In Reply to Parent Post by Roland Cooke
I hasten to add:
a) those questions were off the top of my head!
b) I am not an orthopaedics product specialist
c) I am not a metallurgist
It may well be that the final customer is expert on all this stuff - that will make your client's job very easy. My point is that it is important (from an ethical standpoint, if nothing else), to not automatically assume that is indeed the case.
I learned too many years ago that I assume at my own peril. I am not certain how to quantify what is or isn't ethical except to say I believe we are all obligated - standards notwithstanding - to give 110%, to always strive to do better, to never do that which we know is wrong or which we believe might be wrong: in essence to never do anything that will not pass the smell test.
My chief concern for my small clients, who are low on the medical device supply chain, is not the requirements of the standards. I/We can always learn how to do that which is required - thanks to folks like yourself. That part we can control.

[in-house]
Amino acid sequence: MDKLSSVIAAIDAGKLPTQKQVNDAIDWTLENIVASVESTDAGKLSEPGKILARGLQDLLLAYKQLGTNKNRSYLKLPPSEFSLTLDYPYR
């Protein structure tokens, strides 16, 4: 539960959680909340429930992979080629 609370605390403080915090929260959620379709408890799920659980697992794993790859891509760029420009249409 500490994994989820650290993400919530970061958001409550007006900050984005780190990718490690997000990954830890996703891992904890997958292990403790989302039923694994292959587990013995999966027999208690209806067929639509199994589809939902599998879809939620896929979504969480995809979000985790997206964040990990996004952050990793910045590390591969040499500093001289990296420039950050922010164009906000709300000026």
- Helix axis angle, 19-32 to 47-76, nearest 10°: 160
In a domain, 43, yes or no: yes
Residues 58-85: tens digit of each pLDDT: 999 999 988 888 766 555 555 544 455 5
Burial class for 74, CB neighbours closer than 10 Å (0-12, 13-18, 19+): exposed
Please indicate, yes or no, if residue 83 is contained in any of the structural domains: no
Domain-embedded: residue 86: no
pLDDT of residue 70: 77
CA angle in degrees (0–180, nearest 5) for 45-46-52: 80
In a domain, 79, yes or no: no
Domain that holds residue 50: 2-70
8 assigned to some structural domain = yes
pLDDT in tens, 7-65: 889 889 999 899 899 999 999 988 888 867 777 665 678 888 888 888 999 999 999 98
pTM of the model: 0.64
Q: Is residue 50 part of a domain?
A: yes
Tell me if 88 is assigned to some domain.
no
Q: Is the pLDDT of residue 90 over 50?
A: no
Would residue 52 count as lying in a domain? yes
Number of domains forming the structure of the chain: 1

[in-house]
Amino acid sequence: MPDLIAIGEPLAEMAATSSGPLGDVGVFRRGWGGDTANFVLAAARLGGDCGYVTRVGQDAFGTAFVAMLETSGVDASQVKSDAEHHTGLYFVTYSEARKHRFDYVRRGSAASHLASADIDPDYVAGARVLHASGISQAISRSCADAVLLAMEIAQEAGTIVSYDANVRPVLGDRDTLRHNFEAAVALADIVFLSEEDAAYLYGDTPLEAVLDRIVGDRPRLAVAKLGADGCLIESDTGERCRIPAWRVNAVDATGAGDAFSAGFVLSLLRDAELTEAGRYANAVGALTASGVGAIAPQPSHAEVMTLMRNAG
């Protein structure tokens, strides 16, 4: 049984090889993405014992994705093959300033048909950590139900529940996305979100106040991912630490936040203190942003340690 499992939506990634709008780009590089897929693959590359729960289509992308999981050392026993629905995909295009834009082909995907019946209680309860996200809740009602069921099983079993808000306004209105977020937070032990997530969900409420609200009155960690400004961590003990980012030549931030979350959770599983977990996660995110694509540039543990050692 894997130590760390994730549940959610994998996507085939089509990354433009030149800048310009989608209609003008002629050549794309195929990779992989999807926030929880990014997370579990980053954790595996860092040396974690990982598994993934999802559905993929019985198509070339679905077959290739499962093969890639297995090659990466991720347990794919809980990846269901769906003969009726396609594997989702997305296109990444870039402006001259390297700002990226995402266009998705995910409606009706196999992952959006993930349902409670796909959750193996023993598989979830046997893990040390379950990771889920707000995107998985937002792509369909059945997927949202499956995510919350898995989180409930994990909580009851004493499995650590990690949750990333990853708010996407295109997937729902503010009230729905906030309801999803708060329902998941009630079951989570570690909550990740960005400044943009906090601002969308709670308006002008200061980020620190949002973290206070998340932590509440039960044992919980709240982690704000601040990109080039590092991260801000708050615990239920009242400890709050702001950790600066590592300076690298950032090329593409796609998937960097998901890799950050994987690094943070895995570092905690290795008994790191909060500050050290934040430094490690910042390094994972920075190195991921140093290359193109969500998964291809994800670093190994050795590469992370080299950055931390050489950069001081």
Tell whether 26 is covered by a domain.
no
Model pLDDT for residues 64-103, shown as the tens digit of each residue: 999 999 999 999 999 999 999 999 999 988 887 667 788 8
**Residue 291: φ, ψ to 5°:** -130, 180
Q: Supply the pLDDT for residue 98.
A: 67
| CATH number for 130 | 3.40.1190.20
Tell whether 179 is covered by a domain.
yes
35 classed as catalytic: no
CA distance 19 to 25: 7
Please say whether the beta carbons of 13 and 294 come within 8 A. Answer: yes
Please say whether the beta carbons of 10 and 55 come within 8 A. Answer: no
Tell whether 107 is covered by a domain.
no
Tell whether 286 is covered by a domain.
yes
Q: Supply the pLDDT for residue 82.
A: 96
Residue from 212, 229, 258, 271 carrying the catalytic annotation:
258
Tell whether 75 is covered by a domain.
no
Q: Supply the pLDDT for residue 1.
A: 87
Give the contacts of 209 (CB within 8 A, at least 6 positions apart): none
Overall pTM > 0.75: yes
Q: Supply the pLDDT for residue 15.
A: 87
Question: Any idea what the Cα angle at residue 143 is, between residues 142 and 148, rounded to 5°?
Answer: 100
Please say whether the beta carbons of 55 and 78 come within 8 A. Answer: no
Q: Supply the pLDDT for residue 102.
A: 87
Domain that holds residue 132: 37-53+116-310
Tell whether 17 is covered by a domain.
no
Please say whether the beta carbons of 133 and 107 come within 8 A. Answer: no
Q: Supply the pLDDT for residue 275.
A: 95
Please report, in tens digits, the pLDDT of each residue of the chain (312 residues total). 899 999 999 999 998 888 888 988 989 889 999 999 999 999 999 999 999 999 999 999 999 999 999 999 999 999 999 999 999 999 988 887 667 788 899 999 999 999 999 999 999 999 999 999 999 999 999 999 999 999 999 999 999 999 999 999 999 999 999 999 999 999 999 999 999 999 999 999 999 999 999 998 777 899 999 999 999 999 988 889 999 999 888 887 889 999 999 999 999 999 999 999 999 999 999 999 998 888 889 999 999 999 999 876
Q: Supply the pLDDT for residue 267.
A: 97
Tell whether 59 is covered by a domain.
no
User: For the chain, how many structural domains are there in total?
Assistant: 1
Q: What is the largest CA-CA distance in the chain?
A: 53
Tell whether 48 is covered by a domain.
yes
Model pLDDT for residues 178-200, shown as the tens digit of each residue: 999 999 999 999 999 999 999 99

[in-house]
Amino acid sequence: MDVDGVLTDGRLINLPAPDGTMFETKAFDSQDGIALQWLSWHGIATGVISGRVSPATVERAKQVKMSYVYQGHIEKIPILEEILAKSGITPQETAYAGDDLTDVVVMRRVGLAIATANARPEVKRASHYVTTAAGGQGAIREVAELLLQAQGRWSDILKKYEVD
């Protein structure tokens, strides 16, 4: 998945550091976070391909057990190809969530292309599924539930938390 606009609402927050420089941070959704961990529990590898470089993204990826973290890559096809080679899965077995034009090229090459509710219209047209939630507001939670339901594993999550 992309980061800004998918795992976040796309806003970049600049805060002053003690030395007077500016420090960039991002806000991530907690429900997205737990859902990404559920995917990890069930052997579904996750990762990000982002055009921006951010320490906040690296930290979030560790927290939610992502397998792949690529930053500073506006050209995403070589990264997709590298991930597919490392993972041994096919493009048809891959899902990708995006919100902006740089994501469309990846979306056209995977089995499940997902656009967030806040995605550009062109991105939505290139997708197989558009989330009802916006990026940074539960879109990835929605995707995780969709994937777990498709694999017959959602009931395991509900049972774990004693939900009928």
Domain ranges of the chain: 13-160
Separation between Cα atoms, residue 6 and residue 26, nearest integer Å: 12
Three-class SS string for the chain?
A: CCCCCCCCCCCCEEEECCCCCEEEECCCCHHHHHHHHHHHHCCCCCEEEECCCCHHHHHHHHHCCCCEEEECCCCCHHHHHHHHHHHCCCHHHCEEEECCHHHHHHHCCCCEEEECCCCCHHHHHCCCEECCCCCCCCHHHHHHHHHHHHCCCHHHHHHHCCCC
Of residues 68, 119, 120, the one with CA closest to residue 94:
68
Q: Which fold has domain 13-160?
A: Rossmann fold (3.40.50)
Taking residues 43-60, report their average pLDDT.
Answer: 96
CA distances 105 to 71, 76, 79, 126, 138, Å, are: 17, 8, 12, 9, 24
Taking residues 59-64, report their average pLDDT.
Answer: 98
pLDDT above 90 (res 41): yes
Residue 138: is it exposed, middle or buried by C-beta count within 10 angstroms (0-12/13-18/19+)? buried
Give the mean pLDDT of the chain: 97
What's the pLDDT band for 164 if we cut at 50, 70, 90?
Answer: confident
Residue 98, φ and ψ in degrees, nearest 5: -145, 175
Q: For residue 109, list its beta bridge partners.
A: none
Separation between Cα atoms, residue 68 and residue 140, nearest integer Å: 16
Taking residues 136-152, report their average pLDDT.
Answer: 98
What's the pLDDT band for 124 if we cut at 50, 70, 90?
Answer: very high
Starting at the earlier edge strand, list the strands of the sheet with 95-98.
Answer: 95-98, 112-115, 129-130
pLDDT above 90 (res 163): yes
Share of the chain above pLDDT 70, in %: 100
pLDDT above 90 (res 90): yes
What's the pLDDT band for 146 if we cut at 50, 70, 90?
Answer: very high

What we cannot control is the "blood-in-the-water", litigious environment that surrounds this industry in the USA. My clients' only protection from this uncontrollable plague, aside from insurance, is that they are small(er) fish and do not present as rich a feast as do the OEM's.
I have been through major product litigation in the past where, after two years, we were dismissed from the suit and learned that insurance doesn't cover the disruption. It was as if management's time and attention were sucked into that black hole for the duration. Day to day business suffered from it while the business' progress was put on hold.
Being a conservative, old codger I suppose my clients'
"risk appetite" is far greater than mine.